- About HHR
A child born in sub-Saharan Africa is twenty-five times more likely to die in the first five years of life than one born in the United States. If she lives to child-bearing age, she is a two hundred times more likely to die in labor. Overall, she will die thirty years earlier than the American child. If this health gap is unfair and unacceptable, then how can the international community be galvanized to make a genuine difference?
To answer this question, Lawrence O. Gostin, Faculty Director of the O’Neill Institute at Georgetown University Law Center, proposes an international call to action through the adoption of a Global Plan for Justice (GPJ), a voluntary compact among states and their partners in business, philanthropy, and civil society to redress health inequalities. Under the GPJ, states would devote resources to a Global Health Fund based on their ability to pay — for example, 0.25% of Gross National Income (GNI) per annum — in addition to maintaining current development assistance devoted to programs and activities of their choice. Global Health Fund resources would be allocated based on the health needs of developing countries measured by poverty, morbidity, and premature mortality.
For an explanation of how the GPJ fits into other innovative Global Health Governance strategies, see http://www.law.georgetown.edu/oneillinstitute/documents/2010-07_Global_Plan_for_Justice.pdf and http://www.acslaw.org/node/16479 (explaining the progression from a Joint Learning Initiative for National and Global Responsibilities for Health, to a Global Plan for Justice, through to a Framework Convention on Global Health). See also, Lawrence O. Gostin, Meeting Basic Survival Needs of the World’s Least Healthy People: Toward a Framework Convention on Global Health, 96 Geo. L.J. 331 (2008), http://ssrn.com/abstract=1014082, http://scholarship.law.georgetown.edu/ois_papers/1/.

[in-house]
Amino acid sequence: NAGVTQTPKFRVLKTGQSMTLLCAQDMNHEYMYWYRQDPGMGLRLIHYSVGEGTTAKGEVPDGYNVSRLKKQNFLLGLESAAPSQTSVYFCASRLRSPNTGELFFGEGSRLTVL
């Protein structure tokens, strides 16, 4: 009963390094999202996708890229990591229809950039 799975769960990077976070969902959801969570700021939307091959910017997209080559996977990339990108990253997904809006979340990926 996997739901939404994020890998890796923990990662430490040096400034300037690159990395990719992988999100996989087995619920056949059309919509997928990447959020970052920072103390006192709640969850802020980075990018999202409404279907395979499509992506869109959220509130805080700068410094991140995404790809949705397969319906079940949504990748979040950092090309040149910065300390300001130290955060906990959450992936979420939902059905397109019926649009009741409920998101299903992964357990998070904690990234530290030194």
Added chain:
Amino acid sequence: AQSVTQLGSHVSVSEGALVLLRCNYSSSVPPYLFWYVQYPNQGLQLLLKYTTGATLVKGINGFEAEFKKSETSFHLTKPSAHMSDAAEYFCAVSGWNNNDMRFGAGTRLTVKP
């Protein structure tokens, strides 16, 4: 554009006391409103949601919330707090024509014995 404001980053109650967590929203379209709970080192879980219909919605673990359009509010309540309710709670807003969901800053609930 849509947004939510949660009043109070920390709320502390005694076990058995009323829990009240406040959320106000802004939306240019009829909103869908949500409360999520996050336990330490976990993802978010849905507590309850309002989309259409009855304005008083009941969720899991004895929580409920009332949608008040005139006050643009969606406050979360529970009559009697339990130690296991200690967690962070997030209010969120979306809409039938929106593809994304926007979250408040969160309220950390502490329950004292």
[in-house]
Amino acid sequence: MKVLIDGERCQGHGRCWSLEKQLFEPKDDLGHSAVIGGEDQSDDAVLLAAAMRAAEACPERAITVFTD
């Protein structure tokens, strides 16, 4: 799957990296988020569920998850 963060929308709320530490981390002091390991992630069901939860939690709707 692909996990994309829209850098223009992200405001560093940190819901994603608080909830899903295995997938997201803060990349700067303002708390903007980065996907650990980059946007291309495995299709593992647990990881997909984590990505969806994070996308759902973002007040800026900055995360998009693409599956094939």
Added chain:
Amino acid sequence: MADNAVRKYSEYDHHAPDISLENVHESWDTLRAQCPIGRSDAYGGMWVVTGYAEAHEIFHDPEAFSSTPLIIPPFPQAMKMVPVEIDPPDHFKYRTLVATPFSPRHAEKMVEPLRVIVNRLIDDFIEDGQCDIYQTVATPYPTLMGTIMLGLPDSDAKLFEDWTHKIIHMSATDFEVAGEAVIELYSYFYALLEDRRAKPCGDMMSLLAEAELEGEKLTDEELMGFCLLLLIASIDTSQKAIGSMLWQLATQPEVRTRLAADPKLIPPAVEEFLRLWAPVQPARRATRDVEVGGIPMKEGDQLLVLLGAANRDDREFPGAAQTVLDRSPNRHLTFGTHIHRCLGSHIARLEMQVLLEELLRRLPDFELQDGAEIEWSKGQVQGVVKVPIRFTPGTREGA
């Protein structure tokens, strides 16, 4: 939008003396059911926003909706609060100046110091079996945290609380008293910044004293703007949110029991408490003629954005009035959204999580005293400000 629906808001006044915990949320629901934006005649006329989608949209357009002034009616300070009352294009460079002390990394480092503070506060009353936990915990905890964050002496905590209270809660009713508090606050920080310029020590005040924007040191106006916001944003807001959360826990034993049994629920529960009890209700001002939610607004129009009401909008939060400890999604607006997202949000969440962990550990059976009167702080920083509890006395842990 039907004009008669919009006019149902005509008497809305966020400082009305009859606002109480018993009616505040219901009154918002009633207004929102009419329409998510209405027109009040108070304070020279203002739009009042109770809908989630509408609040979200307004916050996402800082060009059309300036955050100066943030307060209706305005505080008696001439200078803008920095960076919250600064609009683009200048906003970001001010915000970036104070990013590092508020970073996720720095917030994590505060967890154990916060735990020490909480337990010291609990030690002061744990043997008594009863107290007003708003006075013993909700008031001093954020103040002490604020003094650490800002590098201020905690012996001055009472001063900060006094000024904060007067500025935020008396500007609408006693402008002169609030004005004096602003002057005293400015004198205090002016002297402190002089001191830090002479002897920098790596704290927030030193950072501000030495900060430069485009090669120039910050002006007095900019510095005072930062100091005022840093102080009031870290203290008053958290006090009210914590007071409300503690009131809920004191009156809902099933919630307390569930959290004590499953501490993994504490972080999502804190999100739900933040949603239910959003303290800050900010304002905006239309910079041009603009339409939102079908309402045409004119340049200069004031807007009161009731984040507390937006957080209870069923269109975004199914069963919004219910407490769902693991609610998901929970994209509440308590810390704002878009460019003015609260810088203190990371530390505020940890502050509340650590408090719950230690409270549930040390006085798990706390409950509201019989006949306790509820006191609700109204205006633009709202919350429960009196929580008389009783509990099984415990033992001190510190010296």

Letter to the Editor: The Rule of Law as a Social Determinant of Health
O.B. K. Dingake
Letter to the Editor: Refusal to Treat Patients Does Not Work in Any Country – Even if Misleadingly Labelled Conscientious Objection
Christian Fiala and Joyce H. Arthur
Letter to the Editor Response: Much to Debate about Conscientious Objection
Wendy Chavkin, Laurel Swerdlow, and Jocelyn Fifield
Papers in Press
The Cholera Epidemic in Zimbabwe, 2008-2009; A Review and Critique of the Evidence
C. Nicholas Cuneo, Richard Sollom, and Chris Beyrer
Letter to the Editor: Human Rights, TB, Legislation and Jurisprudence
O. B. K. Dingake
UNstoppable: How Advocates Persevered in the Fight for Justice for Haitian Cholera Victims
HIV Criminalization Laws and the Right to Health
Canada’s Mining Industry in Guatemala and the Right to Health of Indigenous Peoples